I recently browsed an “It Gets Better” video filmed at last year’s Tokyo Pride Festival. With pride coming up again so soon, it really got me thinking about the importance of these messages for people living in Japan. Although “It Gets Better” has been around for years, it still remains as a reminder for the LGBTQ community and other victims of bullying and isolation to reflect not only on obstacles but also on triumphs. After writing several articles about what it’s like to be a queer person living in Japan, I want to do my part to remind all the LGBTQ folk coming here that it really does get better.
I live in rural Saitama, which is an hour from Tokyo but feels like a completely different world from Japan’s lively capital. Among the vast rice fields and miles of highways, I began to miss my gaggle of gay friends from university. Suddenly, the only gay people I knew were miles away, I was freshly single after my move abroad and feeling a little vulnerable. I was going to have to start over completely from scratch, and I was afraid. Taking a deep breath and swallowing my pride, I downloaded Grindr and made an account.
The closest person was three cities away and didn’t even have a face pic.
First of all, I got savvier with the dating apps, as you might have guessed from another article I wrote. I went on a lot of “dates” that didn’t lead to anything. But, I slowly built a network of friends — foreign and Japanese alike. These were real friends who I could actually be myself around. Despite my fears, being queer just wasn’t a big deal to most of the people I was meeting.
And, after a year, I met my man.
And, after a year, I met my man. He’s Japanese and lives in Tokyo, so I have to travel to see him. But he has taught me so much and has shown me immense love. I depend on him, but I’ve also learned to depend more on other people around Saitama, and most importantly, to depend more on myself. It is by far my healthiest relationship to date.
Being an assistant language teacher (ALT) in Japan can hit you with a double whammy. First of all, it’s inappropriate to discuss your personal life with your students, despite the fact that heterosexual teachers and ALTs can and do all the time. This rule only really applies to the queer.
I felt like I was being erased, and I didn’t want to risk my workplace relationships, or even my job, to stop it from happening.
Second, in spite of my various personality traits that most Americans see as clues to my sexuality, my Japanese co-workers were either being politely unassuming or just plain oblivious. I felt like I was being erased, and I didn’t want to risk my workplace relationships, or even my job, to stop it from happening.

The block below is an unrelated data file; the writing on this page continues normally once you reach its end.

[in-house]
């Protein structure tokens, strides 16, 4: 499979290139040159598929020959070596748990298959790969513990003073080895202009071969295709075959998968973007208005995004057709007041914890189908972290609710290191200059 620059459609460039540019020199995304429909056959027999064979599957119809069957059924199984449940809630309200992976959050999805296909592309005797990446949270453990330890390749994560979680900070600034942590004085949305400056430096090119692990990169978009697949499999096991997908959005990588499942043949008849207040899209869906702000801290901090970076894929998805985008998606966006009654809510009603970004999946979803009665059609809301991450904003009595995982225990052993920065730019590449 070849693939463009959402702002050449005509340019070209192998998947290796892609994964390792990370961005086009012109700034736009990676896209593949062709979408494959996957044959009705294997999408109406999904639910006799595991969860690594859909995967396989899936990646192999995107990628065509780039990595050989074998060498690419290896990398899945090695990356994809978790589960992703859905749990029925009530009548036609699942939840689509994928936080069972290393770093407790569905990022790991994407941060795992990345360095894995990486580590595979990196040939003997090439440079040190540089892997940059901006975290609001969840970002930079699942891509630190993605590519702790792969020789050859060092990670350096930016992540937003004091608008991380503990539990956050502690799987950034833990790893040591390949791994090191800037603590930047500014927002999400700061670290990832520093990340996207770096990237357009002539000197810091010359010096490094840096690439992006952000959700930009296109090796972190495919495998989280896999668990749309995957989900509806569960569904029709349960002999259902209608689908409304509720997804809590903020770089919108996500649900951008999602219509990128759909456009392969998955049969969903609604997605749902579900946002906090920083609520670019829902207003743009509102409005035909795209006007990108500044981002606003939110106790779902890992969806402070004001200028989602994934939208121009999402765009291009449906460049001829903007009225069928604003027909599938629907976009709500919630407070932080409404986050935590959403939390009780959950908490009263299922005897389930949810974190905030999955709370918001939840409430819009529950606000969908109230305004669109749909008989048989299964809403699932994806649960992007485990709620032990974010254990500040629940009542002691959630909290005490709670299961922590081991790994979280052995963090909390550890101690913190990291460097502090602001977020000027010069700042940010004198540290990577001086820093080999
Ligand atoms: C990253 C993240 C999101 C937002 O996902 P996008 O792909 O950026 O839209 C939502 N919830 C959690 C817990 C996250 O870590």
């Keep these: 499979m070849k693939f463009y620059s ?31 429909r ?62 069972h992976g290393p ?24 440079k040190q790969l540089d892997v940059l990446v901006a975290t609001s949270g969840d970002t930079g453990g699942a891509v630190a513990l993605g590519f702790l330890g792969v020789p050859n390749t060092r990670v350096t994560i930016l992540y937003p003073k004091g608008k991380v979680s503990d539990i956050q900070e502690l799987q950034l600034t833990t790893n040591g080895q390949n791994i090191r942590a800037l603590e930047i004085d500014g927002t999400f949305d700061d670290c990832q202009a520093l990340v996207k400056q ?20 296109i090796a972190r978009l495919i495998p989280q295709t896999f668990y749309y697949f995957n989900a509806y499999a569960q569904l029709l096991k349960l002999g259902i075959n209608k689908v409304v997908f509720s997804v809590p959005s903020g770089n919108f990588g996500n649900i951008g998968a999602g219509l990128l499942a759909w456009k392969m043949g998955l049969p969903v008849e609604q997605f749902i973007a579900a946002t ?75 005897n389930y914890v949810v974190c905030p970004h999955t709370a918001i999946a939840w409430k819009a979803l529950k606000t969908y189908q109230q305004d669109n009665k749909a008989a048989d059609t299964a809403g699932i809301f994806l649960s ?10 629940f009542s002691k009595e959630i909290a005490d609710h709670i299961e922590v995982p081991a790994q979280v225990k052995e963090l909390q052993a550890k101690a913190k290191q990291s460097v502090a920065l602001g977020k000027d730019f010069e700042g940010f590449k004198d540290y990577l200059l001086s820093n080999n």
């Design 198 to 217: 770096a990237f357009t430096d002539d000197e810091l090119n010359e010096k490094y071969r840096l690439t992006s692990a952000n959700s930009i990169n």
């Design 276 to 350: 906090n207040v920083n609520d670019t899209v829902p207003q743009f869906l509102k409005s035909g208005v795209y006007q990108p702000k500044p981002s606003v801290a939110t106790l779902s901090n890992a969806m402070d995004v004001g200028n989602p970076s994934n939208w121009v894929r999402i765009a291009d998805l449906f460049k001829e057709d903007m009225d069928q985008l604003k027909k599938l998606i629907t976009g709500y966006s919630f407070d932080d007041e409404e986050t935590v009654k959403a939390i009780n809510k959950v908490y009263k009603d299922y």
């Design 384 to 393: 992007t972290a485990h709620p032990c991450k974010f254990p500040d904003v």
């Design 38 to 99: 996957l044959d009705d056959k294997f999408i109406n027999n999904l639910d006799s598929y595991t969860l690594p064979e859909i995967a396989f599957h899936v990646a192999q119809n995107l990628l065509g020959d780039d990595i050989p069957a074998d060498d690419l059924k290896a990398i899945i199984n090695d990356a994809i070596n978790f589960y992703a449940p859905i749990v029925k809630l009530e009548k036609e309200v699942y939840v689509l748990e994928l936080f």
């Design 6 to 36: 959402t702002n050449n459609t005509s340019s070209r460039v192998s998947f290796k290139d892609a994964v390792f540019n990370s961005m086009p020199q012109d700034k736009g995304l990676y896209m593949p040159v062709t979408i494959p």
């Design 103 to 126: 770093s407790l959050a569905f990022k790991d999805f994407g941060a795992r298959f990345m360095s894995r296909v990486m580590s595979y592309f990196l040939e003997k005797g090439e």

It only took having scary, direct coming out experiences with a few of my colleagues (in private settings) before I realized that most people did indeed suspect that I was gay, but that they didn’t know how to bridge the topic. Now, I talk openly about my boyfriend to coworkers in the office and have even told some ex-students who come back to visit.
Even more encouraging is my first-year class this year. Together with my “best friend” teacher, the person who I came out to first in Japan, I haven’t been shy planning LGBT-friendly activities and discussions for her class. We traditionally have a school speech contest, and this year, four of my students (out of 19 speakers) wrote speeches about LGBT topics. One boy even had the courage to stand at the front and come out as bisexual to a room of his peers. While I feared awkward silence and stares, he placed first in the contest to a standing ovation.
One boy even had the courage to stand at the front and come out as bisexual to a room of his peers.
His courage and the courage of his classmates reminds me that things really are getting better here because there are good people with strong voices. The laws regarding marriage equality, protections for the LGBT against discrimination at work and other parts of their lives still need to catch up with public opinion, but even in more rural areas of Japan, more and more people are ready to accept the LGBTQ community. As a member of that community, I want to shout that I live a fulfilled life as a queer person, and I am cheering for the rest of us.
Share your “It Gets Better” stories below. You never know who you might inspire!